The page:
I am still not a fan of Depeche Mode, but I found this to be an interesting watch. As for my preferred synth bands, I quite like Chemical Brothers and Buck Futtons.
Date watched: November 21st
Film count 2017: 130
Browsing through YouTube for something to watch I found this 1943 propaganda film made by the U.S. government about the preparations for bombing raids over East Prussia (North east Germany). Something different for a change.
Like any other propaganda film it of course did not show the human side of war, we did not see any of the suffering of those that were ultimately injured or killed in the raids, although there was some footage of injured aircrew as they were taken off the planes. It was all told in documentary style and made us feel proud of the job the airforce boys did in those days.
I was quite surprised at just how much prepration went into the bombing raids, and the amount of detail they went into to make sure everything went swimmingly. The aircrews had about four hours of briefings where they were told about the weather, where they were likely to encounter flak, what type of bombs to use and how the fuses will be set, and a whole bunch of other things.
All of the people involved in the film were actual airforce people, from the generals down to the tail gunners. A lot of it was obviously staged with some pretty wooden acting, but some of them were actually quite good.
There was plenty of footage from the bombing raids which looked pretty nasty for the people in the factories being bombed, some of the explosions were huge.
Fascinating stuff if you like a bit of WWII history.
Date watched: November 17th
Film count 2017: 129
At almost three hours this is quite entertaining, typically Tarantino, lots of talking then lots of violence. Cartoon violence this time around but still very sickening. Jennifer Jason Leigh steals the show, she is tops as Daisy Domergue, the prisoner which causes a lot of the kerfuffle. All the actors really look like they had fun with this.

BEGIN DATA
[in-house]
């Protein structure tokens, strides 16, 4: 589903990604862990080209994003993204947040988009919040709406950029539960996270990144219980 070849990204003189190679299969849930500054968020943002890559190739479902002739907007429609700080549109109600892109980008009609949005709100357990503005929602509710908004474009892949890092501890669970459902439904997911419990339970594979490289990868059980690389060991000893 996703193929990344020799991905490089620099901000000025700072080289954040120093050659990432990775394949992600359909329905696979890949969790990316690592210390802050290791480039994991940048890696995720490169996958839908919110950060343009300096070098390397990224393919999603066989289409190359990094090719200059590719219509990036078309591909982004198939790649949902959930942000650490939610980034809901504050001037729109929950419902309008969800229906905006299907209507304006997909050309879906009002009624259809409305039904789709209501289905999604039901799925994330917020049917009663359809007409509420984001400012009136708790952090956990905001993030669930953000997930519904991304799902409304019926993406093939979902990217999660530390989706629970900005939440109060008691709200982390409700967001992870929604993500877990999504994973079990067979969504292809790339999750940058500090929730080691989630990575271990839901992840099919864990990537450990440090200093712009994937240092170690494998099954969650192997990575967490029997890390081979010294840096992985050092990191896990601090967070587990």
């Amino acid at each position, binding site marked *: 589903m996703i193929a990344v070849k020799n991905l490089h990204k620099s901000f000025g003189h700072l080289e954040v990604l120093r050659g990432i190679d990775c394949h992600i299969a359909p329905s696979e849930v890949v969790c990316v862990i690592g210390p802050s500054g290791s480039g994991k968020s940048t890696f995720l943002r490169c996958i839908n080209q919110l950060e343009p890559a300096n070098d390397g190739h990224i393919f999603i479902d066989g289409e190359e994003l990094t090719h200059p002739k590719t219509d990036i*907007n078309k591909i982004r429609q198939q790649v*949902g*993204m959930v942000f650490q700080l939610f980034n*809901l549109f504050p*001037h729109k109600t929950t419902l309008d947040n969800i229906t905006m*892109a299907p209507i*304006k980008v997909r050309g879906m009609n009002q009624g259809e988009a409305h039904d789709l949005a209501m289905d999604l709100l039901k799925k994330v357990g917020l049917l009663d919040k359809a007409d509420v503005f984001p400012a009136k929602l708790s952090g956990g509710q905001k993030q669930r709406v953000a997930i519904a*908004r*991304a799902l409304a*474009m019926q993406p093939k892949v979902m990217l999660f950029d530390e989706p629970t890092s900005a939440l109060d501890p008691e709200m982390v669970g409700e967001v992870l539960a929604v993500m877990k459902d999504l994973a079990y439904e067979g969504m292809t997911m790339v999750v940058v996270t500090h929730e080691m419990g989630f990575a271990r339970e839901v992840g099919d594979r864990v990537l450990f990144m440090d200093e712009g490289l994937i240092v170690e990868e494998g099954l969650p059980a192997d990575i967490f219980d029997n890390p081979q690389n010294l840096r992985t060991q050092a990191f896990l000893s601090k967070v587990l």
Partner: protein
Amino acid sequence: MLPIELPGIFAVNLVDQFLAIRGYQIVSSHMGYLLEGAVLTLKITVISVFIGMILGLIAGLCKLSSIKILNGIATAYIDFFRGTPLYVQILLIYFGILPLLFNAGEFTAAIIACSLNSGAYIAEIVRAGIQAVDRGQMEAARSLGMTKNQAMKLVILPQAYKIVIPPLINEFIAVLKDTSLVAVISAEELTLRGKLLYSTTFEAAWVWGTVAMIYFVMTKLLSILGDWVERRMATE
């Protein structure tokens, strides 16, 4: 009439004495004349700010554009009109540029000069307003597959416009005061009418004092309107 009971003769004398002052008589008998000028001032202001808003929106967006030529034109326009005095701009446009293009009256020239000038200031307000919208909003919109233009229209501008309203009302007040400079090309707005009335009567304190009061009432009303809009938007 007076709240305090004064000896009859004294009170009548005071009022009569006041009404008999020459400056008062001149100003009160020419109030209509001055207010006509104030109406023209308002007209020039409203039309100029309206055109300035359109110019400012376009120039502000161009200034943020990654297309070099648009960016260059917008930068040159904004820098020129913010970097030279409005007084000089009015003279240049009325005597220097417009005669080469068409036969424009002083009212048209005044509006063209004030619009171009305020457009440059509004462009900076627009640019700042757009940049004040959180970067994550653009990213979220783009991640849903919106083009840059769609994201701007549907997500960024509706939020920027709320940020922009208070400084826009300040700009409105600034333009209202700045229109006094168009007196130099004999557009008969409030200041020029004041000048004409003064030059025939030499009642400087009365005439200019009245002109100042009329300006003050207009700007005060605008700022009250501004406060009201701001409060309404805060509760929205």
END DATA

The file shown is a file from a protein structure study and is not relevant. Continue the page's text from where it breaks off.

Date watched: 25th September
Film count 2017: 58
I found this on Netflix and had to watch it as I have fond memories of their first album back in the day, quite a big thing at the time.
This documentary follows the band as they get back together after a long time of ignoring each other and prepare first for a free gig in their hometown of Manchester, then a huge gig at Heaton park with 72,000 fans. In between all this it looks back on their early days as they tell the world they are the greatest band ever, give some very awkward interviews, start fighting with their record label, then each other, finally resulting in the inevitable split and not talking to each other. Why can’t people just get along?!
It is all very well done, and is a fascinating look into the world of music-making. What struck me the most though is that all of the band members are just regular guys, the kind of British chaps you would meet at the pub. They spoke in strong Manchester accents (I couldn’t understand the drummer at all hardly) and swore and larked about like anyone else. Four David Bowies or Mick Jaggers they are not. Which makes their music all the more impressive really: four ordinary-looking blokes making some of the best music the 90’s had to offer (from their first album).
It seems though that the band have basically split again, they played a gig in Glasgow in June this year where Ian Brown said “Don’t be sad that it’s over, be happy that it happened”, so it looks as though there will be another documentary in 20 years or so.
This is really only a watch for Stone Roses fans.
Date watched: November 2nd
Film count 2017: 123